By Grant Bailey (@GrantDBailey)
New research conducted by audio, video and lighting specialists AVonics has shown that live music venues may be becoming less appealing to the British public
The survey discovered that 63% of people in the UK hadn’t visited a live music venue in the past 12 months.
People in the 25 to 34-year-old category were more likely to have attended a live music show, with 46% saying that they had been to a concert in the past year.
But somewhat surprisingly, those in the 18 to 24-year-old age group were among the least likely to have attended a live music show, with an overwhelming 70% saying that they hadn’t.
In October 2015, it was reported that the number of live music venues operating in London had decreased by 35% in eight years. According to the Guardian, 50 venues had closed since 2007, leaving just 88 with their doors still open. Similar patterns across the rest of the UK have also been reported.
Dan Salter, founder and chief editor of music website Echoes & Dust, says that a number of reasons and pressures have caused the decline:
“Right across the country venues are struggling to make ends meet as people respond to the government’s austerity programme by cutting back on how often they go out.
“In London this was exacerbated by the pressure from developers to get their hands on the space that many pubs and venues take up in prime locations. The drive to ‘renovate’ Soho in the wake of the Cross Rail development for instance is driving many iconic venues out of the area. As gentrification pushes outwards from the centre, more and more venues are getting swallowed up.”
Jennifer Le Roux – music specialist at Bozboz, who manage festivals such as Love Supreme and Sundown – believes that the industry is going through a difficult time, with issues such as increasing ticket prices exacerbating the situation. But she insists that nothing will replace the thrill of live music.
“One of the problems we are facing today is the emergence of franchised music venues, which not only buy up or wipe out smaller and often more historical venues, but also normalise extortionate ticket prices and remove the personal touches that are intrinsic to the whole gig-going experience.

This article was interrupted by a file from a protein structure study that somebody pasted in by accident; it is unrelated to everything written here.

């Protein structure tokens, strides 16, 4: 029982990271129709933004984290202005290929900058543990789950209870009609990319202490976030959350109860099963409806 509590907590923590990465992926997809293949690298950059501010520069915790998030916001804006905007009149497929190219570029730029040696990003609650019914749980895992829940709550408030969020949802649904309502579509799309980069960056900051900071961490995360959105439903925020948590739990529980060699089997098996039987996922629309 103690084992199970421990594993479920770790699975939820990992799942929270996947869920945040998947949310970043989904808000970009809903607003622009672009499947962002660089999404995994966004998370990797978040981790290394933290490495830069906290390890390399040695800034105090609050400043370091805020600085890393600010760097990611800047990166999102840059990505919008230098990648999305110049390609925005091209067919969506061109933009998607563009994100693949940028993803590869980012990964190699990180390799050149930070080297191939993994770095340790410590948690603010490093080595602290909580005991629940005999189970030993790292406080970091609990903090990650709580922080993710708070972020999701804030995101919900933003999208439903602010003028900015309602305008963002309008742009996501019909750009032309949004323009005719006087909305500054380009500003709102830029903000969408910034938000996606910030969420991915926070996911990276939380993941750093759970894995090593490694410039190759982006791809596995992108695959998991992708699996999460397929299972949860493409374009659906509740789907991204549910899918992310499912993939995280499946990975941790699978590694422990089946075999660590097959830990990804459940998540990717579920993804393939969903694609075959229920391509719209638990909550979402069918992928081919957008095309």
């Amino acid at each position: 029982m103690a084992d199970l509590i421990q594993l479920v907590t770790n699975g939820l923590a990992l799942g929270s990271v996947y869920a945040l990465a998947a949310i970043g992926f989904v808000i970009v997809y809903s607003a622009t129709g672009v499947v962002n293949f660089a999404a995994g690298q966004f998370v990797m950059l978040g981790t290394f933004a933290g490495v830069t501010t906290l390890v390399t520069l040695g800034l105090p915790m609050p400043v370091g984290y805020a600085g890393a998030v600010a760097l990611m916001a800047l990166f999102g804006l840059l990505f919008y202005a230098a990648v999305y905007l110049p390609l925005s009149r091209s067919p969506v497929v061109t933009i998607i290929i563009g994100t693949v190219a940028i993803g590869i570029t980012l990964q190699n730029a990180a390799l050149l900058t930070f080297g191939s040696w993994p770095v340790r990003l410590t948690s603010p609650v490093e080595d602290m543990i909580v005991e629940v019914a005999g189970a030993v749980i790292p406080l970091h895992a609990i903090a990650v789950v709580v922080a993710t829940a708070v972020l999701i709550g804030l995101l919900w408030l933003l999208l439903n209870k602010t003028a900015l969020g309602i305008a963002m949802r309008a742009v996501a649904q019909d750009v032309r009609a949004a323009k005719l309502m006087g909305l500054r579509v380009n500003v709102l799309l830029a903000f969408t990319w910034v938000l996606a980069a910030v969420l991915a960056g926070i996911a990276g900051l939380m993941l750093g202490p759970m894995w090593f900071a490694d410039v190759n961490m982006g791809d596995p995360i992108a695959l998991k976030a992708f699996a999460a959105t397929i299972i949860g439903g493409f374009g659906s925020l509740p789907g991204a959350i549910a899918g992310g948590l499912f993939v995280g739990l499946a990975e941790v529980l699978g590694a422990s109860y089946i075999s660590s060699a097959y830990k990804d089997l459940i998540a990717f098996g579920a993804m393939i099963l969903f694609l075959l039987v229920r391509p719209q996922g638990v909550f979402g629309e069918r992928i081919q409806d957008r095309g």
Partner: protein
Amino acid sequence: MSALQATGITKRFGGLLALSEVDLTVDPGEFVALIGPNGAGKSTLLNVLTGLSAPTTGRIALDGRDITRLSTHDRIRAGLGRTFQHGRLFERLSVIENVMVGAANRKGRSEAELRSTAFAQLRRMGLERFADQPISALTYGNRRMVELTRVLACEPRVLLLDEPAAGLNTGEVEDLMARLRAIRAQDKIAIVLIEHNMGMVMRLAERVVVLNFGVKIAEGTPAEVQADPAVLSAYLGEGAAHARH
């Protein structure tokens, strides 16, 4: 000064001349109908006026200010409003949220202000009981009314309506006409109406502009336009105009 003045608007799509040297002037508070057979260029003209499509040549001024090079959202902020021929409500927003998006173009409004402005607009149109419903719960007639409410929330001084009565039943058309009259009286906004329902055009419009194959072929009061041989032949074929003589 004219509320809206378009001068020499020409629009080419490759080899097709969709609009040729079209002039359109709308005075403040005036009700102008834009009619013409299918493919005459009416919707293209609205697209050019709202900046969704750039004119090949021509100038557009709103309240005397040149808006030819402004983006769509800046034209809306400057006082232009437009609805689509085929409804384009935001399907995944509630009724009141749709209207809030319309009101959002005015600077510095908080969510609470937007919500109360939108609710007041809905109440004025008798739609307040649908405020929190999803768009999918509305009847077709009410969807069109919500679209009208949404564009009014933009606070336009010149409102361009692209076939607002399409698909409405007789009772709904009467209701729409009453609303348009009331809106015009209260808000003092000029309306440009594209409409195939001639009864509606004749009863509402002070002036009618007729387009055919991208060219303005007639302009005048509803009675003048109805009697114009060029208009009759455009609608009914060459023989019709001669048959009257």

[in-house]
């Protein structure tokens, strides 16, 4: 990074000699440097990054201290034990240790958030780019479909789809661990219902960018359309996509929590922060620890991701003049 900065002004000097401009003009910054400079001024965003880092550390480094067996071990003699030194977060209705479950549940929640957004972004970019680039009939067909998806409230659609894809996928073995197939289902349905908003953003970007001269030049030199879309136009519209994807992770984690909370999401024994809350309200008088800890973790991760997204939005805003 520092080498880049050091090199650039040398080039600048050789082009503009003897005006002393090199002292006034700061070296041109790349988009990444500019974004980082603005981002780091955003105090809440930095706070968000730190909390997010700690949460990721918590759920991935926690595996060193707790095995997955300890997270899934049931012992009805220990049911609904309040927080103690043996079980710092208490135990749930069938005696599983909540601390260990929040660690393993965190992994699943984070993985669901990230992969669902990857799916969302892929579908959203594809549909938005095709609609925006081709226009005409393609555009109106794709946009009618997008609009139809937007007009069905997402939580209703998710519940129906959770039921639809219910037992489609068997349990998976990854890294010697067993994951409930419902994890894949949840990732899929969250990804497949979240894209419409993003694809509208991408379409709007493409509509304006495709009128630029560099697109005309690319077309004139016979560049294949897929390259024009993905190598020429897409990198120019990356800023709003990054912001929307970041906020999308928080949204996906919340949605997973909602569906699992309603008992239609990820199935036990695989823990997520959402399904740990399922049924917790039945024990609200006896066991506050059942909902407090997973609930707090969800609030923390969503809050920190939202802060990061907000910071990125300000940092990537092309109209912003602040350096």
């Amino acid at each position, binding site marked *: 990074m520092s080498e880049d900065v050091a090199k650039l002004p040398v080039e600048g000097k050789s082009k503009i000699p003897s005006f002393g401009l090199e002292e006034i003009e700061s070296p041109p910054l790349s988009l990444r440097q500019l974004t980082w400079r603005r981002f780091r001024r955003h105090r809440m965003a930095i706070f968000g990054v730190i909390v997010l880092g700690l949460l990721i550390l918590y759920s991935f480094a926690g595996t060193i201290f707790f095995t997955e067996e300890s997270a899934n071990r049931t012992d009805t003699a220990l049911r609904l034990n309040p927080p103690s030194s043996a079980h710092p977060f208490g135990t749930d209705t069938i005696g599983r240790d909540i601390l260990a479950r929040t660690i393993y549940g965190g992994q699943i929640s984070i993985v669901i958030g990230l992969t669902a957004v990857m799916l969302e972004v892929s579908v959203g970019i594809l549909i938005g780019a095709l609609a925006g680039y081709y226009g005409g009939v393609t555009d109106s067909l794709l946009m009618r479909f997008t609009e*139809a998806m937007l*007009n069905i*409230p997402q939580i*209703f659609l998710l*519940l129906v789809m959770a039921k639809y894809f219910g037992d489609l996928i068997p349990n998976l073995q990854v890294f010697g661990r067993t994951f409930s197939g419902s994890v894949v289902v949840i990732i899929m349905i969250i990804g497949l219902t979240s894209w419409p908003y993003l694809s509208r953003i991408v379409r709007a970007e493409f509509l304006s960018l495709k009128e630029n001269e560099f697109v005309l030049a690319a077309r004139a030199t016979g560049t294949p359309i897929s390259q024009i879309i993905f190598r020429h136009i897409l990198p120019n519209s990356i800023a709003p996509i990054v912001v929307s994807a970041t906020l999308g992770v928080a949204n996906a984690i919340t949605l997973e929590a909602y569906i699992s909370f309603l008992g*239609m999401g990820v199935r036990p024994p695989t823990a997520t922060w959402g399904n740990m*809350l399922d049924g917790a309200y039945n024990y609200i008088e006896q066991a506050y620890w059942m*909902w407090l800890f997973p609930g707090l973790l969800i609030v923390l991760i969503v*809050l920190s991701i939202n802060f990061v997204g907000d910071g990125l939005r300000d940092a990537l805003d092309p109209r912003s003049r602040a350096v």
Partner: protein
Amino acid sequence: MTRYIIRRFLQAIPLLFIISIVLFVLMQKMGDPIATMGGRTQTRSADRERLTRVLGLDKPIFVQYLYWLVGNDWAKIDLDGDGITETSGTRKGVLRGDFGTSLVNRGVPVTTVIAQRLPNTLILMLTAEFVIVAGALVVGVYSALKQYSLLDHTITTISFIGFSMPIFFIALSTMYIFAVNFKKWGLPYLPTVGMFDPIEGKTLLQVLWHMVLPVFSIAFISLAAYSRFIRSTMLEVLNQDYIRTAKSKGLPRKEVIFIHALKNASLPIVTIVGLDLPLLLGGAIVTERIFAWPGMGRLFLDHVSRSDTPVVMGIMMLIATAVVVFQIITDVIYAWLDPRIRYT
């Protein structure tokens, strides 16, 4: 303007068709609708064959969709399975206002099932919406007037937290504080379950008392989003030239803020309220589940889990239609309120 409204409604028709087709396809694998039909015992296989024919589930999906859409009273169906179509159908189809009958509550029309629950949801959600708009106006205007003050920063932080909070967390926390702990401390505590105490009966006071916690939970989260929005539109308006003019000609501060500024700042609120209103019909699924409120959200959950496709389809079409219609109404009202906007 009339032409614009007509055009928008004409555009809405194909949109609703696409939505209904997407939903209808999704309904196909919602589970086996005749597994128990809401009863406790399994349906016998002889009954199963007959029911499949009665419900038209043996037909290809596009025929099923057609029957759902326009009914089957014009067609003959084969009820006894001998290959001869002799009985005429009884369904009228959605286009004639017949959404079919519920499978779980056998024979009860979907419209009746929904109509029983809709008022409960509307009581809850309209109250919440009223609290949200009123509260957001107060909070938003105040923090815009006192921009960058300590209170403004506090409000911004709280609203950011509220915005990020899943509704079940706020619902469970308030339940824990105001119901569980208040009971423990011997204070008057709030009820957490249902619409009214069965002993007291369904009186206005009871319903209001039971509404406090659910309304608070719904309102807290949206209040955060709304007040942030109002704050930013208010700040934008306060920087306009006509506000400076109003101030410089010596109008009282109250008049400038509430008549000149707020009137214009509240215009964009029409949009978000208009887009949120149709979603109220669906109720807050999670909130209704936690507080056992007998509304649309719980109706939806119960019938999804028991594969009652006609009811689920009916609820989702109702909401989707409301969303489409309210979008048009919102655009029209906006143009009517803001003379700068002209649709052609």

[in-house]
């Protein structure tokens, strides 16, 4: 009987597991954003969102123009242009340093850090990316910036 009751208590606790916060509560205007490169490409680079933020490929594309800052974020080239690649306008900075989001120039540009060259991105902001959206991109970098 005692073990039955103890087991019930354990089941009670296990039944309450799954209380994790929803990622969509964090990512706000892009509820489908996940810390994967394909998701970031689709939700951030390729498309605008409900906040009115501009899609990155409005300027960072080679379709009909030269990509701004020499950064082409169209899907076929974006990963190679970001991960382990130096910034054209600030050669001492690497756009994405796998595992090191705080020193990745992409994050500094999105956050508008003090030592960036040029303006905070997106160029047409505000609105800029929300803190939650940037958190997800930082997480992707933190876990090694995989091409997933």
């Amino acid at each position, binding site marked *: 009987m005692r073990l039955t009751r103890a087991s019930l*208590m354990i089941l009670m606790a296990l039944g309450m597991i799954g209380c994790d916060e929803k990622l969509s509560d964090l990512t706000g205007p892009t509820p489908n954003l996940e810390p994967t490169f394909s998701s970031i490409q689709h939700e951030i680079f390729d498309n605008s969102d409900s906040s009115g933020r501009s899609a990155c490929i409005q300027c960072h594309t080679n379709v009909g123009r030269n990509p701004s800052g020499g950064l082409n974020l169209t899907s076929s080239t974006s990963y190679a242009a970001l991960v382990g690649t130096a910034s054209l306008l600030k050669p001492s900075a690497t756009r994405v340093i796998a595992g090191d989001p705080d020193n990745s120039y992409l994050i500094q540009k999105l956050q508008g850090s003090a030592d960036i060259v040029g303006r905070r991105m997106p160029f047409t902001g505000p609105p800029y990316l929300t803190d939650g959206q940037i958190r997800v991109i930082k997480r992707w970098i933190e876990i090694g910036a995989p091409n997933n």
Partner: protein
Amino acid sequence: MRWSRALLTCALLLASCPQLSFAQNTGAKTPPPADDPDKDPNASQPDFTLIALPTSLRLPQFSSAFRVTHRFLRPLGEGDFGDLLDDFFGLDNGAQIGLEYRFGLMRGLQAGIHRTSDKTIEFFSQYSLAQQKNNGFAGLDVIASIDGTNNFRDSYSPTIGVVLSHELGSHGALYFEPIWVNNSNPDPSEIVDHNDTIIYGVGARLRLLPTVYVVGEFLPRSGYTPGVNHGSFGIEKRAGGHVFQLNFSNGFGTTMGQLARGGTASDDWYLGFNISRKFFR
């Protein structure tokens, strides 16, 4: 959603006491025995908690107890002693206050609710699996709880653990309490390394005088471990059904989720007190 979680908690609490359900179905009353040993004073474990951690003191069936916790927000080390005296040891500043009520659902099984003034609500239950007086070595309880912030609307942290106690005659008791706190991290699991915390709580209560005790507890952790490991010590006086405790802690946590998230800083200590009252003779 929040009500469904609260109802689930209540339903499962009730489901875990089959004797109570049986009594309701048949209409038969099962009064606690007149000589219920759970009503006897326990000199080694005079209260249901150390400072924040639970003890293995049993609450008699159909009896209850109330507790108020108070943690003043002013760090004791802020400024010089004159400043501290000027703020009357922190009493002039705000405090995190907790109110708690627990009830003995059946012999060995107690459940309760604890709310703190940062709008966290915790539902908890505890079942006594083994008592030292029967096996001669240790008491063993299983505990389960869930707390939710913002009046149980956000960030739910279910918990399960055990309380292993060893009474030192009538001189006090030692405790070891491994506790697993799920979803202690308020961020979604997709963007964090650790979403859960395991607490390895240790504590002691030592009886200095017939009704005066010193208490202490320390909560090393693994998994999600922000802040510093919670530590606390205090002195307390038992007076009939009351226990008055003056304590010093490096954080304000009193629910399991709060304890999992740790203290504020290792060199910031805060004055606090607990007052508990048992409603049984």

“Of course there has also been a shift in the way we listen to and share music. Ticket prices are becoming an increasingly difficult pain point for venues of all sizes due to increasing booking fees as bands struggle to claw back any lost revenue, because people are just not buying music like they used to. Couple all of that with the increasing influx of ‘noise abatement’ closures and the future of independent music looks bleak.
“Ultimately, music venues are still key to the development of live music, for both new and well established ‘stadium filling’ bands. Digital sharing has its place, but nothing beats seeing a band two feet from your face playing their hearts out.”
Following the formation of the Music Venue Trust in 2014, designed to protect live music venues across the country, six recommendations have been made to ensure that no more close.
John Marsh added:
“Live music venues are important from both a cultural and an economic point of view. Ticket prices for the average gig seem to have spiralled upwards in recent years and this is clearly putting a lot of people off. It’s a tricky situation, as artists need to make enough money to keep producing new material, but many risk pricing out their own fans.
“Something that the Music Venue Trust has been campaigning for, and is very important, is greater involvement from local government in providing tax relief for grass root music venues, and to establish a fairer system regarding noise complaints.
“It isn’t something that is going to happen overnight, but live music venues are an important part of British heritage, and something needs to be done to reverse what is an increasingly worrying trend.”
Image credit: Grant Bailey, Deafheaven – Heaven, 14.3.16